Performance and image enhancing drugs use in active military personnel and veterans: A contemporary systematic review.

Whyte, Ian, Leyland, Sandra and Ling, Jonathan (2020) Performance and image enhancing drugs use in active military personnel and veterans: A contemporary systematic review. Translational Sports Medicine. ISSN 2573-8488

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Abstract

Objective: The use of performance and image enhancing drugs (PIEDS) among active military personnel and veterans presents a public health concern. Deeper understanding of PIEDS use in those populations is necessary to understand what underpins their use and provide information to help shape interventions with the aim of reducing impacts on individuals’ health, wellbeing, social circumstances, public perception and, in serving personnel, any wider military performance.
Design and data sources: A contemporary review was conducted using five academic journal databases, citation searching and hand searching.
Eligibility criteria for selecting studies: Studies were excluded if published prior to 2000 or did not specify PIEDS use.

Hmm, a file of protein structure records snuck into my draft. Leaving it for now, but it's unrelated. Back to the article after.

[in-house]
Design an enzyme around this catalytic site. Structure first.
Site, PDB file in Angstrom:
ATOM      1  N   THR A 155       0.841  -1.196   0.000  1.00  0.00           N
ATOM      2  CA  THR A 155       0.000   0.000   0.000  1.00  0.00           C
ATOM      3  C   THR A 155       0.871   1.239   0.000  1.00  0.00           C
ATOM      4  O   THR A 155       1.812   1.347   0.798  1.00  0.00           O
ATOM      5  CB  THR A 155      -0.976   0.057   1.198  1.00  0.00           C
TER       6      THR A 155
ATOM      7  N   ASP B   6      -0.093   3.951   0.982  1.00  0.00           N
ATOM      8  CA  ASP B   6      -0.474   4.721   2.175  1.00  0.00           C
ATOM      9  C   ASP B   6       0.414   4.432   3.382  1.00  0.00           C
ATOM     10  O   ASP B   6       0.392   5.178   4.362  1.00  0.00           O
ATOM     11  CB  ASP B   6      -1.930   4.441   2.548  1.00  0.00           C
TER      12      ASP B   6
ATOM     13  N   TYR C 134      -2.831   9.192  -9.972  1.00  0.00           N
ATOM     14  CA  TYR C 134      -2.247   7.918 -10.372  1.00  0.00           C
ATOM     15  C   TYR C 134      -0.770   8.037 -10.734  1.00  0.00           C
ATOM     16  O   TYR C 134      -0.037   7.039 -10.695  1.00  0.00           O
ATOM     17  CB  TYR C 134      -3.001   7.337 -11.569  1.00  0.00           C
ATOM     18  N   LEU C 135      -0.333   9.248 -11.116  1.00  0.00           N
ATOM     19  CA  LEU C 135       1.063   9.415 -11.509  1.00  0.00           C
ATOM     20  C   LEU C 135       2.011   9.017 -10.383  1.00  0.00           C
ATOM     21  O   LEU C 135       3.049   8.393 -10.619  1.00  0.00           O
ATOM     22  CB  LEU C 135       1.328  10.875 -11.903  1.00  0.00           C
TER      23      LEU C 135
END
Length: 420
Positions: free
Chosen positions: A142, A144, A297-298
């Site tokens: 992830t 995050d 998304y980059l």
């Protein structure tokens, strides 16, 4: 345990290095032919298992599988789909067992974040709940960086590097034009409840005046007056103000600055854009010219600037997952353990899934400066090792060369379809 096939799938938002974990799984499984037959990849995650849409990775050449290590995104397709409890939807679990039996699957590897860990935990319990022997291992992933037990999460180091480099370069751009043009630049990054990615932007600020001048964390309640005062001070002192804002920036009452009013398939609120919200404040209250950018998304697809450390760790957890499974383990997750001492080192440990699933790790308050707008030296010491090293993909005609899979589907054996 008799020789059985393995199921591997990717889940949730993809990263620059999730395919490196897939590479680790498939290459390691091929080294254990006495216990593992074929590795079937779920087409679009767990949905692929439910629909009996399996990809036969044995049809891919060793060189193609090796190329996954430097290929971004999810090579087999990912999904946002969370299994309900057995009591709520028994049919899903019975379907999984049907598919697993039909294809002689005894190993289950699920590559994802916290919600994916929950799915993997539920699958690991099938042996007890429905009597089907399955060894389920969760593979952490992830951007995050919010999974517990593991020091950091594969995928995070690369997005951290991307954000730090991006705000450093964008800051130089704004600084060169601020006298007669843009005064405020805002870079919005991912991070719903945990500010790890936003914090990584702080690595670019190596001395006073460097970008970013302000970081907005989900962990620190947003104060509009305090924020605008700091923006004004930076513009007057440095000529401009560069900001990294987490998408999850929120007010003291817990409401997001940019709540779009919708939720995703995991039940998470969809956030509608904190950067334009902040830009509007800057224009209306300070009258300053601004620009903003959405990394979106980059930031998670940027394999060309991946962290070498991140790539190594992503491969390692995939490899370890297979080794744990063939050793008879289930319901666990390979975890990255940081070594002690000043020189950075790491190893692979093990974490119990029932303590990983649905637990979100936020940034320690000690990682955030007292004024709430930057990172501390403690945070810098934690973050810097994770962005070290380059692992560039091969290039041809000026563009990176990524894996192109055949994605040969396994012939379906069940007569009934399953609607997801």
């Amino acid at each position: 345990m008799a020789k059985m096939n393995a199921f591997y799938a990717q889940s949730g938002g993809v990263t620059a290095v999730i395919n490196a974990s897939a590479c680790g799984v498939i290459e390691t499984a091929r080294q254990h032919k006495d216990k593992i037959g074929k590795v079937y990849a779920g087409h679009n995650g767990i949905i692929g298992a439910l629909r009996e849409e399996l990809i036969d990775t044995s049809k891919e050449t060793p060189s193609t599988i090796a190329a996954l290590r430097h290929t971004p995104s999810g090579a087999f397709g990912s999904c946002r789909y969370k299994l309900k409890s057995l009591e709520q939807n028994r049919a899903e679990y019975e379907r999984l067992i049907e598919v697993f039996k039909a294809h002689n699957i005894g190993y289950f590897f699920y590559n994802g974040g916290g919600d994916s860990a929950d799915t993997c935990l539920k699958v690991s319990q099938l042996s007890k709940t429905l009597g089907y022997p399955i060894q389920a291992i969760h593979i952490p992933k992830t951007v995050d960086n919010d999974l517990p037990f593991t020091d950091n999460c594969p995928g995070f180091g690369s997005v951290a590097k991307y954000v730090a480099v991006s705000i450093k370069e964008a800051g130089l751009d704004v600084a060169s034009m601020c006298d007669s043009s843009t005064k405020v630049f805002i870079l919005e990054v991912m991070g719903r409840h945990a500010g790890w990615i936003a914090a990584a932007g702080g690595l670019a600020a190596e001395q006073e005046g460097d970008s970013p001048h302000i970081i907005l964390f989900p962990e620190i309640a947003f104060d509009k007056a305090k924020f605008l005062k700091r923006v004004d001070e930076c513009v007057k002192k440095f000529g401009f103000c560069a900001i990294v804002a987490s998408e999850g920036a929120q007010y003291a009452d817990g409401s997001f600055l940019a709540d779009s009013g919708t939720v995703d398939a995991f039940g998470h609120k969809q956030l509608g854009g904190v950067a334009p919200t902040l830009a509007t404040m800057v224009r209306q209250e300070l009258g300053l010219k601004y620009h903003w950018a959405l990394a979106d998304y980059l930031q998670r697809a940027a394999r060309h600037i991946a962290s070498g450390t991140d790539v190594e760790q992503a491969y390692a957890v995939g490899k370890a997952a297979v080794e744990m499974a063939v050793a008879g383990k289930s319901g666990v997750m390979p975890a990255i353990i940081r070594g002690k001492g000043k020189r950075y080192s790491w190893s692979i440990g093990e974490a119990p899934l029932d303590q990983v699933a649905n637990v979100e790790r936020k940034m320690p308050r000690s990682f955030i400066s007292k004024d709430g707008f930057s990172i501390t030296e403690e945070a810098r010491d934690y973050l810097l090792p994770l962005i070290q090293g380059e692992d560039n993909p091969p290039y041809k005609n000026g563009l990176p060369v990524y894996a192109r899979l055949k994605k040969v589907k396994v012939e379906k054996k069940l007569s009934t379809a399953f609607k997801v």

Results: Following this search, 20 studies were identified for review. Findings suggest that anabolic steroids and weight-loss supplements were the most used PIEDS. Image enhancement was mentioned the most as a reason for PIEDS use followed by keeping up with the physical and emotional demands of active duty. Additionally, findings suggested that young, male non-commissioned Army personnel were most likely to use PIEDS.
Conclusion: There were clear gaps in the current literature surrounding PIEDS use, as well as an understanding of when service personnel began using PIEDS. Further research should aim to answer these questions.

Item Type: Article
Subjects: Social Sciences
Divisions: Faculty of Health Sciences and Wellbeing
Depositing User: Jonathan Ling
Date Deposited: 22 Jul 2020 08:45
Last Modified: 03 Aug 2020 15:27
URI: http://sure.sunderland.ac.uk/id/eprint/12270
ORCID for Ian Whyte: ORCID iD orcid.org/0000-0001-9834-8926
ORCID for Sandra Leyland: ORCID iD orcid.org/0000-0002-3998-0670
ORCID for Jonathan Ling: ORCID iD orcid.org/0000-0003-2932-4474

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